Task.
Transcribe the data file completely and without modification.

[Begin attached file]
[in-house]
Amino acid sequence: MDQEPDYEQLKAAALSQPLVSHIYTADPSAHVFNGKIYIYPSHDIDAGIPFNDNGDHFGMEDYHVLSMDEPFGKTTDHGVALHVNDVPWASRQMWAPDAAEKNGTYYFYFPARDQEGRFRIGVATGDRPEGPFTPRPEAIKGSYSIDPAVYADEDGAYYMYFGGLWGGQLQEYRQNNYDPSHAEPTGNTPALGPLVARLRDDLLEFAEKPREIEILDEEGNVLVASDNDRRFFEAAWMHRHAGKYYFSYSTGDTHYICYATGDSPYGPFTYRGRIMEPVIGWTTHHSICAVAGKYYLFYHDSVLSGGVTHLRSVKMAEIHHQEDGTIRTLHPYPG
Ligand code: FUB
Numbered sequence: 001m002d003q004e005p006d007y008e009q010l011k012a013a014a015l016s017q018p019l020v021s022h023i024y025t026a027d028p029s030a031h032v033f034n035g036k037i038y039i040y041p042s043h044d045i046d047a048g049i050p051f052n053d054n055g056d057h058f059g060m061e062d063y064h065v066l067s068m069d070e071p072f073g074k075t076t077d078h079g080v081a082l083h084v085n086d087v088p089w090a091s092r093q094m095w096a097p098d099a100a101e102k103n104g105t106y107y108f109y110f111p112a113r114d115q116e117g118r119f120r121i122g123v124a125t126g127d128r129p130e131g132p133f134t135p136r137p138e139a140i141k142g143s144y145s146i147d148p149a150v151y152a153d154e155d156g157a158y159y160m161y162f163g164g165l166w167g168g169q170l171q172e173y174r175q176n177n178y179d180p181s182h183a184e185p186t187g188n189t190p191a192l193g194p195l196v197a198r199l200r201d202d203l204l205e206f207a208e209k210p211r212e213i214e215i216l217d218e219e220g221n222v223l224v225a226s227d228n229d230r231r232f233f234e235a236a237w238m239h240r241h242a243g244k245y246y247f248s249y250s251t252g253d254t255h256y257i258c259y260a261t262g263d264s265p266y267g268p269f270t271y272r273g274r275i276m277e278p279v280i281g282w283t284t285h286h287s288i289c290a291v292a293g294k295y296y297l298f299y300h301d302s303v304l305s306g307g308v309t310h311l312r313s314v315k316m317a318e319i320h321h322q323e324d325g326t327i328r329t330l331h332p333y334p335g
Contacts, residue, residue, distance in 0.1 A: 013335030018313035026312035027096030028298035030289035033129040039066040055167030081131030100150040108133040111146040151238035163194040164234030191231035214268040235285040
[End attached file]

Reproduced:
[in-house]
Amino acid sequence: MDQEPDYEQLKAAALSQPLVSHIYTADPSAHVFNGKIYIYPSHDIDAGIPFNDNGDHFGMEDYHVLSMDEPFGKTTDHGVALHVNDVPWASRQMWAPDAAEKNGTYYFYFPARDQEGRFRIGVATGDRPEGPFTPRPEAIKGSYSIDPAVYADEDGAYYMYFGGLWGGQLQEYRQNNYDPSHAEPTGNTPALGPLVARLRDDLLEFAEKPREIEILDEEGNVLVASDNDRRFFEAAWMHRHAGKYYFSYSTGDTHYICYATGDSPYGPFTYRGRIMEPVIGWTTHHSICAVAGKYYLFYHDSVLSGGVTHLRSVKMAEIHHQEDGTIRTLHPYPG
Ligand code: FUB
Numbered sequence: 001m002d003q004e005p006d007y008e009q010l011k012a013a014a015l016s017q018p019l020v021s022h023i024y025t026a027d028p029s030a031h032v033f034n035g036k037i038y039i040y041p042s043h044d045i046d047a048g049i050p051f052n053d054n055g056d057h058f059g060m061e062d063y064h065v066l067s068m069d070e071p072f073g074k075t076t077d078h079g080v081a082l083h084v085n086d087v088p089w090a091s092r093q094m095w096a097p098d099a100a101e102k103n104g105t106y107y108f109y110f111p112a113r114d115q116e117g118r119f120r121i122g123v124a125t126g127d128r129p130e131g132p133f134t135p136r137p138e139a140i141k142g143s144y145s146i147d148p149a150v151y152a153d154e155d156g157a158y159y160m161y162f163g164g165l166w167g168g169q170l171q172e173y174r175q176n177n178y179d180p181s182h183a184e185p186t187g188n189t190p191a192l193g194p195l196v197a198r199l200r201d202d203l204l205e206f207a208e209k210p211r212e213i214e215i216l217d218e219e220g221n222v223l224v225a226s227d228n229d230r231r232f233f234e235a236a237w238m239h240r241h242a243g244k245y246y247f248s249y250s251t252g253d254t255h256y257i258c259y260a261t262g263d264s265p266y267g268p269f270t271y272r273g274r275i276m277e278p279v280i281g282w283t284t285h286h287s288i289c290a291v292a293g294k295y296y297l298f299y300h301d302s303v304l305s306g307g308v309t310h311l312r313s314v315k316m317a318e319i320h321h322q323e324d325g326t327i328r329t330l331h332p333y334p335g
Contacts, residue, residue, distance in 0.1 A: 013335030018313035026312035027096030028298035030289035033129040039066040055167030081131030100150040108133040111146040151238035163194040164234030191231035214268040235285040